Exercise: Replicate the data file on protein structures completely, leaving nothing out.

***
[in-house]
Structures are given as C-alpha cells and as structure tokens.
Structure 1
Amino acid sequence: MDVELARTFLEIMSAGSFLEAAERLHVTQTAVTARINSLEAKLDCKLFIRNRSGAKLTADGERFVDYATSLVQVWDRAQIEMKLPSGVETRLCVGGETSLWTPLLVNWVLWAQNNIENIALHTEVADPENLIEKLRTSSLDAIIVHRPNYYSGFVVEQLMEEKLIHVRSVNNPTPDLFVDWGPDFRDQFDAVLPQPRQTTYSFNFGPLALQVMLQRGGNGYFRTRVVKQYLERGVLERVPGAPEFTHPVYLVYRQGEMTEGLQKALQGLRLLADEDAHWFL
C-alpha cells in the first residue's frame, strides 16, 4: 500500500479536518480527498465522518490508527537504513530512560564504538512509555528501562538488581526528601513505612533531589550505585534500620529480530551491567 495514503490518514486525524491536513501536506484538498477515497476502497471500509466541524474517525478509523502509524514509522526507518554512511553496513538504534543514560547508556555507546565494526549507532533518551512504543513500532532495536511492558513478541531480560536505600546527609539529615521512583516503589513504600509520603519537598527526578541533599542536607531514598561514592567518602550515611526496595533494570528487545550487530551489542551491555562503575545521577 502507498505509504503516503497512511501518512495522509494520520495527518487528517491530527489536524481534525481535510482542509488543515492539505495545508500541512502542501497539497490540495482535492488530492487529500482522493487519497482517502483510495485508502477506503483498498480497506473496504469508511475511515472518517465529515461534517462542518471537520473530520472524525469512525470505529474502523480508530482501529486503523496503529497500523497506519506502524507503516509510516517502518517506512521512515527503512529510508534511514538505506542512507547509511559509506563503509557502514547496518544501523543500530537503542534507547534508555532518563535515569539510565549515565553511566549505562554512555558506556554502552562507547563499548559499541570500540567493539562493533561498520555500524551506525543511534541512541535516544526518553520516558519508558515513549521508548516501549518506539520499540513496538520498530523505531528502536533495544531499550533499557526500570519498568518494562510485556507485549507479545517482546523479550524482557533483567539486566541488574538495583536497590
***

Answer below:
[in-house]
Structures are given as C-alpha cells and as structure tokens.
Structure 1
Amino acid sequence: MDVELARTFLEIMSAGSFLEAAERLHVTQTAVTARINSLEAKLDCKLFIRNRSGAKLTADGERFVDYATSLVQVWDRAQIEMKLPSGVETRLCVGGETSLWTPLLVNWVLWAQNNIENIALHTEVADPENLIEKLRTSSLDAIIVHRPNYYSGFVVEQLMEEKLIHVRSVNNPTPDLFVDWGPDFRDQFDAVLPQPRQTTYSFNFGPLALQVMLQRGGNGYFRTRVVKQYLERGVLERVPGAPEFTHPVYLVYRQGEMTEGLQKALQGLRLLADEDAHWFL
C-alpha cells in the first residue's frame, strides 16, 4: 500500500479536518480527498465522518490508527537504513530512560564504538512509555528501562538488581526528601513505612533531589550505585534500620529480530551491567 495514503490518514486525524491536513501536506484538498477515497476502497471500509466541524474517525478509523502509524514509522526507518554512511553496513538504534543514560547508556555507546565494526549507532533518551512504543513500532532495536511492558513478541531480560536505600546527609539529615521512583516503589513504600509520603519537598527526578541533599542536607531514598561514592567518602550515611526496595533494570528487545550487530551489542551491555562503575545521577 502507498505509504503516503497512511501518512495522509494520520495527518487528517491530527489536524481534525481535510482542509488543515492539505495545508500541512502542501497539497490540495482535492488530492487529500482522493487519497482517502483510495485508502477506503483498498480497506473496504469508511475511515472518517465529515461534517462542518471537520473530520472524525469512525470505529474502523480508530482501529486503523496503529497500523497506519506502524507503516509510516517502518517506512521512515527503512529510508534511514538505506542512507547509511559509506563503509557502514547496518544501523543500530537503542534507547534508555532518563535515569539510565549515565553511566549505562554512555558506556554502552562507547563499548559499541570500540567493539562493533561498520555500524551506525543511534541512541535516544526518553520516558519508558515513549521508548516501549518506539520499540513496538520498530523505531528502536533495544531499550533499557526500570519498568518494562510485556507485549507479545517482546523479550524482557533483567539486566541488574538495583536497590